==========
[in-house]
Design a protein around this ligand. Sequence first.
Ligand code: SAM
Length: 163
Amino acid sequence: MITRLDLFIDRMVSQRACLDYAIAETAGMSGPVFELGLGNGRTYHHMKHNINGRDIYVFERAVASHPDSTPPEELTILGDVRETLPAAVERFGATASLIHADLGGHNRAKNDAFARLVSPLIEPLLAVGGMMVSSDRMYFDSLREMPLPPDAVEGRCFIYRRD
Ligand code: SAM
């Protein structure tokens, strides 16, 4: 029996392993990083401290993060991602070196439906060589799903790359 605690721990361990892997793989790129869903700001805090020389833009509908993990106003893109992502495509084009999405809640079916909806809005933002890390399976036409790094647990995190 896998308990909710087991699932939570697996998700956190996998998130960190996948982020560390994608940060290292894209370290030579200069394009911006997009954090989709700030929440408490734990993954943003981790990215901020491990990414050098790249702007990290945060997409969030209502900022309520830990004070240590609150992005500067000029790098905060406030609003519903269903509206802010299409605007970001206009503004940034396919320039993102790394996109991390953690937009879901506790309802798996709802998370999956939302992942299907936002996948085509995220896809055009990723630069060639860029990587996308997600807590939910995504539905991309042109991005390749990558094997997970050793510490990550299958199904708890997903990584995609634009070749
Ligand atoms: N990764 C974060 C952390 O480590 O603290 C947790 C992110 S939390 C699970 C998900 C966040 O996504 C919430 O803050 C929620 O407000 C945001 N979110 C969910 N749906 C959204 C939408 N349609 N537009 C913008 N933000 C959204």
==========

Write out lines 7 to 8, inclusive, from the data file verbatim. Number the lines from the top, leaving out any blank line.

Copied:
């Protein structure tokens, strides 16, 4: 029996392993990083401290993060991602070196439906060589799903790359 605690721990361990892997793989790129869903700001805090020389833009509908993990106003893109992502495509084009999405809640079916909806809005933002890390399976036409790094647990995190 896998308990909710087991699932939570697996998700956190996998998130960190996948982020560390994608940060290292894209370290030579200069394009911006997009954090989709700030929440408490734990993954943003981790990215901020491990990414050098790249702007990290945060997409969030209502900022309520830990004070240590609150992005500067000029790098905060406030609003519903269903509206802010299409605007970001206009503004940034396919320039993102790394996109991390953690937009879901506790309802798996709802998370999956939302992942299907936002996948085509995220896809055009990723630069060639860029990587996308997600807590939910995504539905991309042109991005390749990558094997997970050793510490990550299958199904708890997903990584995609634009070749
Ligand atoms: N990764 C974060 C952390 O480590 O603290 C947790 C992110 S939390 C699970 C998900 C966040 O996504 C919430 O803050 C929620 O407000 C945001 N979110 C969910 N749906 C959204 C939408 N349609 N537009 C913008 N933000 C959204």